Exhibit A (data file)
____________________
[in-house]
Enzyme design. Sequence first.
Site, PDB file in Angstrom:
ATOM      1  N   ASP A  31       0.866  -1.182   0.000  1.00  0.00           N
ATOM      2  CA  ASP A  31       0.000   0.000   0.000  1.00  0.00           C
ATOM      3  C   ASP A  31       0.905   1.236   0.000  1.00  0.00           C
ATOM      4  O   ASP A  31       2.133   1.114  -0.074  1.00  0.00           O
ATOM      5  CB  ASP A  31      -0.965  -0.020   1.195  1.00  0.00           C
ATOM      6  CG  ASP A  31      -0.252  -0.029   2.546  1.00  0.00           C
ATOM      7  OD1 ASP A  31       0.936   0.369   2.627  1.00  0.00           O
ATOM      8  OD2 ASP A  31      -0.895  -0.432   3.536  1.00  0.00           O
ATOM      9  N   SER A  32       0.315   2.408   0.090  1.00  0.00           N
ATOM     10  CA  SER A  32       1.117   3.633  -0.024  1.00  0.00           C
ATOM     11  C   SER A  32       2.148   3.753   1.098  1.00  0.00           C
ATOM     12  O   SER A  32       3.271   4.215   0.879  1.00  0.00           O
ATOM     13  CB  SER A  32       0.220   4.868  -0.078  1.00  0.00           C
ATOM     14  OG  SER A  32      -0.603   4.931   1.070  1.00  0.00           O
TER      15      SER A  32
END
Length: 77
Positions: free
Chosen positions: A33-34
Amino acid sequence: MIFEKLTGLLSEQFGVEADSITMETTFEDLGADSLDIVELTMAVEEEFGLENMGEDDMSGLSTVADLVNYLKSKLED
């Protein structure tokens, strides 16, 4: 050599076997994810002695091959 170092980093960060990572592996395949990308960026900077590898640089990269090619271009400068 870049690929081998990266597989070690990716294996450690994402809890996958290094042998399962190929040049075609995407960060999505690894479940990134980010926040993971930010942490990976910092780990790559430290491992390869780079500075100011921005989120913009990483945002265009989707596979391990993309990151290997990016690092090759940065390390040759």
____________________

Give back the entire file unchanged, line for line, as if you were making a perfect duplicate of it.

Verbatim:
[in-house]
Enzyme design. Sequence first.
Site, PDB file in Angstrom:
ATOM      1  N   ASP A  31       0.866  -1.182   0.000  1.00  0.00           N
ATOM      2  CA  ASP A  31       0.000   0.000   0.000  1.00  0.00           C
ATOM      3  C   ASP A  31       0.905   1.236   0.000  1.00  0.00           C
ATOM      4  O   ASP A  31       2.133   1.114  -0.074  1.00  0.00           O
ATOM      5  CB  ASP A  31      -0.965  -0.020   1.195  1.00  0.00           C
ATOM      6  CG  ASP A  31      -0.252  -0.029   2.546  1.00  0.00           C
ATOM      7  OD1 ASP A  31       0.936   0.369   2.627  1.00  0.00           O
ATOM      8  OD2 ASP A  31      -0.895  -0.432   3.536  1.00  0.00           O
ATOM      9  N   SER A  32       0.315   2.408   0.090  1.00  0.00           N
ATOM     10  CA  SER A  32       1.117   3.633  -0.024  1.00  0.00           C
ATOM     11  C   SER A  32       2.148   3.753   1.098  1.00  0.00           C
ATOM     12  O   SER A  32       3.271   4.215   0.879  1.00  0.00           O
ATOM     13  CB  SER A  32       0.220   4.868  -0.078  1.00  0.00           C
ATOM     14  OG  SER A  32      -0.603   4.931   1.070  1.00  0.00           O
TER      15      SER A  32
END
Length: 77
Positions: free
Chosen positions: A33-34
Amino acid sequence: MIFEKLTGLLSEQFGVEADSITMETTFEDLGADSLDIVELTMAVEEEFGLENMGEDDMSGLSTVADLVNYLKSKLED
């Protein structure tokens, strides 16, 4: 050599076997994810002695091959 170092980093960060990572592996395949990308960026900077590898640089990269090619271009400068 870049690929081998990266597989070690990716294996450690994402809890996958290094042998399962190929040049075609995407960060999505690894479940990134980010926040993971930010942490990976910092780990790559430290491992390869780079500075100011921005989120913009990483945002265009989707596979391990993309990151290997990016690092090759940065390390040759």